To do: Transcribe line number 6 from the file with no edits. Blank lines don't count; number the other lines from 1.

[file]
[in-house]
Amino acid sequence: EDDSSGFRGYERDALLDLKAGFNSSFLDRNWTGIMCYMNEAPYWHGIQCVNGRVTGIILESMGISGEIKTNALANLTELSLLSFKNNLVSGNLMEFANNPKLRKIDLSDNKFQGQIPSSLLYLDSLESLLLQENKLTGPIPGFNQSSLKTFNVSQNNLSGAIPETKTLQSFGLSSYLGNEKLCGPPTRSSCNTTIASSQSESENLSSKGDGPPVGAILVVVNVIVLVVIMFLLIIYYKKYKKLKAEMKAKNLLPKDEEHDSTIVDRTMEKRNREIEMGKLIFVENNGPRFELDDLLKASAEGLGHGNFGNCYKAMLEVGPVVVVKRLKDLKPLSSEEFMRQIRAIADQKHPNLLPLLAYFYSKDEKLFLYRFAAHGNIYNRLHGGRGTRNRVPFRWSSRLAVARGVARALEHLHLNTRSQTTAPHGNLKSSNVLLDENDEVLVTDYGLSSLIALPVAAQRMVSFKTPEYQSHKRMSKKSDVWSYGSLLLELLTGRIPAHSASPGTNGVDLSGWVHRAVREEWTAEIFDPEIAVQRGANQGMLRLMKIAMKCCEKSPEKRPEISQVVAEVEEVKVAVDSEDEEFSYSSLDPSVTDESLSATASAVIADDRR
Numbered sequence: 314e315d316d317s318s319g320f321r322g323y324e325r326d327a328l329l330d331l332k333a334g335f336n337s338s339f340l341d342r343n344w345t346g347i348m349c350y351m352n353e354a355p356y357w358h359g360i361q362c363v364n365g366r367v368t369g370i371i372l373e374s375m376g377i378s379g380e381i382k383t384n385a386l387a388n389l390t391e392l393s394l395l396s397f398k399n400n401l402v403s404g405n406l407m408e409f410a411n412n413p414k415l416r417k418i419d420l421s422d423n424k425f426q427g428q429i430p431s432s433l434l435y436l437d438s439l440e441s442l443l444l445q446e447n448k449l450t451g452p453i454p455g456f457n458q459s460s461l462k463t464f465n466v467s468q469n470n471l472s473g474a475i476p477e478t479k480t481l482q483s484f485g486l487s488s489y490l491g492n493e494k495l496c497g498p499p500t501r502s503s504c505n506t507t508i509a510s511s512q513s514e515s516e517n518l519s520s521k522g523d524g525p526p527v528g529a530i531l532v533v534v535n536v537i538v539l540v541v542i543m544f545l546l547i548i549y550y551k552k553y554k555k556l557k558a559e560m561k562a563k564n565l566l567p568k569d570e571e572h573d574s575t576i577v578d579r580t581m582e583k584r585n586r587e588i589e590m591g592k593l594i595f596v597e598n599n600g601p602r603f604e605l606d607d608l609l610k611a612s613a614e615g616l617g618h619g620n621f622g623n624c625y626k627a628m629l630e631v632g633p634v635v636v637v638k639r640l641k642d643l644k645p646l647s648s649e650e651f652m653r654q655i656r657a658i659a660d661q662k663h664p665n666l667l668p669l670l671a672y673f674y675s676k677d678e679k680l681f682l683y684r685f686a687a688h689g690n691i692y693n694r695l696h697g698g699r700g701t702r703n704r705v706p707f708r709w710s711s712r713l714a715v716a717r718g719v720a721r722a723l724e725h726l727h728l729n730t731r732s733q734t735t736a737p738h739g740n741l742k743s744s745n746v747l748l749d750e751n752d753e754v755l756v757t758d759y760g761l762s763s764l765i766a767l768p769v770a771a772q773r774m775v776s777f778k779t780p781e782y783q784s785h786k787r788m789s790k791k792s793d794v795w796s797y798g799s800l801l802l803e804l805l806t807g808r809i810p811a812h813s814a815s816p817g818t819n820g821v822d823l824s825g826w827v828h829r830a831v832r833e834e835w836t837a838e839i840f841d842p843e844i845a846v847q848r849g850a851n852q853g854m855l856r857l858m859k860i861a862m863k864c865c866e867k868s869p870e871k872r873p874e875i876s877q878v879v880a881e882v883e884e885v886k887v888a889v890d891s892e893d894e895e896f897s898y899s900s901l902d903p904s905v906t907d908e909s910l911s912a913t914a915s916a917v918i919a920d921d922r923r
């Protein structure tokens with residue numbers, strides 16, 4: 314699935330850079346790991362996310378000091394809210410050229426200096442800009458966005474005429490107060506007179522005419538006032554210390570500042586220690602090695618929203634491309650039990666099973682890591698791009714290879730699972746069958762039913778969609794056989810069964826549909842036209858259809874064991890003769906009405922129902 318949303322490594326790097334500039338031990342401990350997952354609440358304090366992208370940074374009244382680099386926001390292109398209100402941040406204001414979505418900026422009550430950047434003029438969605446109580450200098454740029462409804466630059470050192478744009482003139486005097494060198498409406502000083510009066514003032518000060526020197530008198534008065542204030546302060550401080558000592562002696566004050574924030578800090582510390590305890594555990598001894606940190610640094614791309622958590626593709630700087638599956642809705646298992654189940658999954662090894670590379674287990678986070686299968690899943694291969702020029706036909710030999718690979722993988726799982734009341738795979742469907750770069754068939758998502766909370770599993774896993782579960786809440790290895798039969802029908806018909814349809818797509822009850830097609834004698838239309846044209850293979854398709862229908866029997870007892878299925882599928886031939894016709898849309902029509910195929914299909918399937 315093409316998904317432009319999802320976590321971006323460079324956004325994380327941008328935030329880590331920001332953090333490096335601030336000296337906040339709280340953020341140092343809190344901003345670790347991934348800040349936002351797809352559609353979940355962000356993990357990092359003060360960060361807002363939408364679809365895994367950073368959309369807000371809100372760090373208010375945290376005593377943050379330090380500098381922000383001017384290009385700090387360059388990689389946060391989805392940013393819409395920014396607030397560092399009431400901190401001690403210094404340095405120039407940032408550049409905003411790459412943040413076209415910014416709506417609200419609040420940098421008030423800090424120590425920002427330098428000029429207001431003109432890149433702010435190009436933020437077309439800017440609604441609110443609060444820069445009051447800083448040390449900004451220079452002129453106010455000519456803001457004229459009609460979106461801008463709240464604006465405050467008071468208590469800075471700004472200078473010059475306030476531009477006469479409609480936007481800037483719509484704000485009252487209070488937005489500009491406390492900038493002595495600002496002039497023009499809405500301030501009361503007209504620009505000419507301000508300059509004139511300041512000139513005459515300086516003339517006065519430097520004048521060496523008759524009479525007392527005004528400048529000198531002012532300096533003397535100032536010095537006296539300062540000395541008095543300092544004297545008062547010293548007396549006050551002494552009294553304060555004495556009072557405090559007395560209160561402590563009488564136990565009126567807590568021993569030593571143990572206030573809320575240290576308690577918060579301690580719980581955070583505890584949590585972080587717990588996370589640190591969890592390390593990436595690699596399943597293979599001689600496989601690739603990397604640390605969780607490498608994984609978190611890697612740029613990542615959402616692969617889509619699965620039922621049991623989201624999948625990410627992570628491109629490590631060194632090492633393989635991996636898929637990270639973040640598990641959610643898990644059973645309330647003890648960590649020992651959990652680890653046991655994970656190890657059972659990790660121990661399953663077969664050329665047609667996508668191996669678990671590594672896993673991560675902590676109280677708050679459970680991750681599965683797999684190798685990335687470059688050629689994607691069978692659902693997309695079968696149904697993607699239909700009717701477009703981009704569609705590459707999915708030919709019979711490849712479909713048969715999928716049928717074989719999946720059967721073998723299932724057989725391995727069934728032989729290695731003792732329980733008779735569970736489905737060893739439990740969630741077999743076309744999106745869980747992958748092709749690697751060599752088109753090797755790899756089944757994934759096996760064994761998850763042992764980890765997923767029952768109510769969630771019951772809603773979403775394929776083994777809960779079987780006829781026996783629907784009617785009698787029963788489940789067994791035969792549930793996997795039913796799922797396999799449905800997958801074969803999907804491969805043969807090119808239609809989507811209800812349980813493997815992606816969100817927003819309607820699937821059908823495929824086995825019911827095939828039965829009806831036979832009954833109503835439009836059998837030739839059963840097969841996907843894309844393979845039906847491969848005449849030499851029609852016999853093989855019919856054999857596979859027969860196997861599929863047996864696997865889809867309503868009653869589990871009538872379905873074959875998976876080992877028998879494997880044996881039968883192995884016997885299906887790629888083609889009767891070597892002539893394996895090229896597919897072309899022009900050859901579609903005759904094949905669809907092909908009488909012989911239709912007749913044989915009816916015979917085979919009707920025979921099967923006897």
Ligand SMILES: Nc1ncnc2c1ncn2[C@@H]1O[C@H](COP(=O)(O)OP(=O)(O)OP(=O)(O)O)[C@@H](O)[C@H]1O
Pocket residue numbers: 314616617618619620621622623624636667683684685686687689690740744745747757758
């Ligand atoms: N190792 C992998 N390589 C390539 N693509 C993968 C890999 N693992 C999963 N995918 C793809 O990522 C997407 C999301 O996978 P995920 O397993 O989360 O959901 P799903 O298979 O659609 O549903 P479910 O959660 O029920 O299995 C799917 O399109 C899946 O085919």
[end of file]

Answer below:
Pocket residue numbers: 314616617618619620621622623624636667683684685686687689690740744745747757758